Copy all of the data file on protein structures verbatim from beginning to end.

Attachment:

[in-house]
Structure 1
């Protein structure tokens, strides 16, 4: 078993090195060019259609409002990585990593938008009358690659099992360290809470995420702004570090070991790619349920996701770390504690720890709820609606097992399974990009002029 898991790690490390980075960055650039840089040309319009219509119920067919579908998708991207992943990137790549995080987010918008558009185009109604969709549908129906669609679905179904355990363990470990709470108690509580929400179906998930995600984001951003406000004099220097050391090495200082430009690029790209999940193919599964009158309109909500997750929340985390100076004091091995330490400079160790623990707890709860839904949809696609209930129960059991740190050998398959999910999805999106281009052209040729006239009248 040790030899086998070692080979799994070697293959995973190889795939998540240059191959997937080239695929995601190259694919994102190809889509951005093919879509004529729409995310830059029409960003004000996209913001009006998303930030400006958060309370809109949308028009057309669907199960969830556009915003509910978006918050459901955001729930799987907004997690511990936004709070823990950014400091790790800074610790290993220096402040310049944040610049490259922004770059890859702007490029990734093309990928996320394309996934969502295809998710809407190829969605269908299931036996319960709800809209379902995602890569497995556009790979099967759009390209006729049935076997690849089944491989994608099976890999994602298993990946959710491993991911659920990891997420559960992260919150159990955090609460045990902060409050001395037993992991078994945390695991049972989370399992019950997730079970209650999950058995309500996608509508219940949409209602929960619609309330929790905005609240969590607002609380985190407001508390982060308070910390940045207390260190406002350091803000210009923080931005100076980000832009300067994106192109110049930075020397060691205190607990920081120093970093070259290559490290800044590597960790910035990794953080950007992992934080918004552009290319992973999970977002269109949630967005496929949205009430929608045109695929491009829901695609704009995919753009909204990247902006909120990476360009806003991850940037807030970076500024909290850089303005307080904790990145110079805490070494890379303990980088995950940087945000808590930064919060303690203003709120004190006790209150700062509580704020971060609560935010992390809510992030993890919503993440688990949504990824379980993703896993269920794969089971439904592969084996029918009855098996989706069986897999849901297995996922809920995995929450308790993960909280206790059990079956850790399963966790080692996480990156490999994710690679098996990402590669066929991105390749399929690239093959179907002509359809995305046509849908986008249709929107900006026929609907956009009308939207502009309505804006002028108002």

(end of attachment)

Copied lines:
[in-house]
Structure 1
């Protein structure tokens, strides 16, 4: 078993090195060019259609409002990585990593938008009358690659099992360290809470995420702004570090070991790619349920996701770390504690720890709820609606097992399974990009002029 898991790690490390980075960055650039840089040309319009219509119920067919579908998708991207992943990137790549995080987010918008558009185009109604969709549908129906669609679905179904355990363990470990709470108690509580929400179906998930995600984001951003406000004099220097050391090495200082430009690029790209999940193919599964009158309109909500997750929340985390100076004091091995330490400079160790623990707890709860839904949809696609209930129960059991740190050998398959999910999805999106281009052209040729006239009248 040790030899086998070692080979799994070697293959995973190889795939998540240059191959997937080239695929995601190259694919994102190809889509951005093919879509004529729409995310830059029409960003004000996209913001009006998303930030400006958060309370809109949308028009057309669907199960969830556009915003509910978006918050459901955001729930799987907004997690511990936004709070823990950014400091790790800074610790290993220096402040310049944040610049490259922004770059890859702007490029990734093309990928996320394309996934969502295809998710809407190829969605269908299931036996319960709800809209379902995602890569497995556009790979099967759009390209006729049935076997690849089944491989994608099976890999994602298993990946959710491993991911659920990891997420559960992260919150159990955090609460045990902060409050001395037993992991078994945390695991049972989370399992019950997730079970209650999950058995309500996608509508219940949409209602929960619609309330929790905005609240969590607002609380985190407001508390982060308070910390940045207390260190406002350091803000210009923080931005100076980000832009300067994106192109110049930075020397060691205190607990920081120093970093070259290559490290800044590597960790910035990794953080950007992992934080918004552009290319992973999970977002269109949630967005496929949205009430929608045109695929491009829901695609704009995919753009909204990247902006909120990476360009806003991850940037807030970076500024909290850089303005307080904790990145110079805490070494890379303990980088995950940087945000808590930064919060303690203003709120004190006790209150700062509580704020971060609560935010992390809510992030993890919503993440688990949504990824379980993703896993269920794969089971439904592969084996029918009855098996989706069986897999849901297995996922809920995995929450308790993960909280206790059990079956850790399963966790080692996480990156490999994710690679098996990402590669066929991105390749399929690239093959179907002509359809995305046509849908986008249709929107900006026929609907956009009308939207502009309505804006002028108002």